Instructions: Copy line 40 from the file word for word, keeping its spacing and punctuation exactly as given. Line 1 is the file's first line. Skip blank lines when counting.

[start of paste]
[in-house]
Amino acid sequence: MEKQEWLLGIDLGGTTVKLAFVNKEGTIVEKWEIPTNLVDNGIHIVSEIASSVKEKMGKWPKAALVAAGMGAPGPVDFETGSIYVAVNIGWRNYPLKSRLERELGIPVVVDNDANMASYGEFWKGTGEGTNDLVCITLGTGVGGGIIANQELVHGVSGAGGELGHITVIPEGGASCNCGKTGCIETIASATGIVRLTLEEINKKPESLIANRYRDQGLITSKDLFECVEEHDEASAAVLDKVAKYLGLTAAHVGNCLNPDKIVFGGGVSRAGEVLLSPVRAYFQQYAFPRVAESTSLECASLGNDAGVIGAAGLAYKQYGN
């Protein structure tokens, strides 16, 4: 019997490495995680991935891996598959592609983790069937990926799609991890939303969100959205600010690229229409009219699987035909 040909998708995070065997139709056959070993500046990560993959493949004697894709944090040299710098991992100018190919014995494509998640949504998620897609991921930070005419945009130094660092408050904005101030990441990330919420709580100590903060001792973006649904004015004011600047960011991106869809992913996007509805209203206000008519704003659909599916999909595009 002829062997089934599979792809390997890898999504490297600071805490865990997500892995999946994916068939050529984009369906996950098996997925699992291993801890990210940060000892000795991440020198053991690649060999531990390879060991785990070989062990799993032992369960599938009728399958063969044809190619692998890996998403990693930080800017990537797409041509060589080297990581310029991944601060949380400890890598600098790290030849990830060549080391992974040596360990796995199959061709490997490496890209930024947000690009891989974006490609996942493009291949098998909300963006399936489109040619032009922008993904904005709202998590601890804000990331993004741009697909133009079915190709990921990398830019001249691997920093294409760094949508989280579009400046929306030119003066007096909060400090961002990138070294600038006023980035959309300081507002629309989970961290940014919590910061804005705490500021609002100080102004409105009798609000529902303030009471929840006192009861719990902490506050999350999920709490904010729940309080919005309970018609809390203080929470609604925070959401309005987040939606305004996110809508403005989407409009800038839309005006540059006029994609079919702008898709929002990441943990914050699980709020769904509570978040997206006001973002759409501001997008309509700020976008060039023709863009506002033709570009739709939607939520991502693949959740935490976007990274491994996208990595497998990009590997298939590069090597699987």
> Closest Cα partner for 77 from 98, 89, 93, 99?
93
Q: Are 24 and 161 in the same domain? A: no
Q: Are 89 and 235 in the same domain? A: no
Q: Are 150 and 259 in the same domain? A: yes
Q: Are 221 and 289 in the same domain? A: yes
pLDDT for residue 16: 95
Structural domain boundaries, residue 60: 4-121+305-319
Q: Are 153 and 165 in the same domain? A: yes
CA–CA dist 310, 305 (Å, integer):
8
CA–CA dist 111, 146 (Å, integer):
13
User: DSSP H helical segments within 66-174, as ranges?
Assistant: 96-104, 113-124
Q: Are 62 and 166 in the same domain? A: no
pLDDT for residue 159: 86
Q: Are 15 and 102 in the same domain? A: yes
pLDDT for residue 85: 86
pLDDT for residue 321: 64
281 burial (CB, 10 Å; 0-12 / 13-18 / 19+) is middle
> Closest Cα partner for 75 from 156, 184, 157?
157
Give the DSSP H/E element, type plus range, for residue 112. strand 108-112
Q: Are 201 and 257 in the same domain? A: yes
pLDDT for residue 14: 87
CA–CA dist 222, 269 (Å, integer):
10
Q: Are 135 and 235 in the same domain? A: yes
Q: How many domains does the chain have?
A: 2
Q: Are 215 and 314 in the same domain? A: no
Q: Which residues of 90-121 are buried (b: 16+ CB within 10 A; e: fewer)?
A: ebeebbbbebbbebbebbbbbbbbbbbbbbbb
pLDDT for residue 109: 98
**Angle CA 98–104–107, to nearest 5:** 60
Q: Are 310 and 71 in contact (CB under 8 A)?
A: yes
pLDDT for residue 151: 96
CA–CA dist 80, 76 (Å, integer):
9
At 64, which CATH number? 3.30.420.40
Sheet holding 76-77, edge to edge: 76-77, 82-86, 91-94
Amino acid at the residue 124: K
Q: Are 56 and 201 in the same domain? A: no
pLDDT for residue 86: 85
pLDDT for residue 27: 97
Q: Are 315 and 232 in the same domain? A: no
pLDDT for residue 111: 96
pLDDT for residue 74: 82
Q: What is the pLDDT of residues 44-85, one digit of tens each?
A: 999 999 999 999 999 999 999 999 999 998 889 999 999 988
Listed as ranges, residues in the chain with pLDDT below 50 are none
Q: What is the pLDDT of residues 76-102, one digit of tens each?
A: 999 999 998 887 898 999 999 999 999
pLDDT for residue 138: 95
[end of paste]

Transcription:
Q: Are 310 and 71 in contact (CB under 8 A)?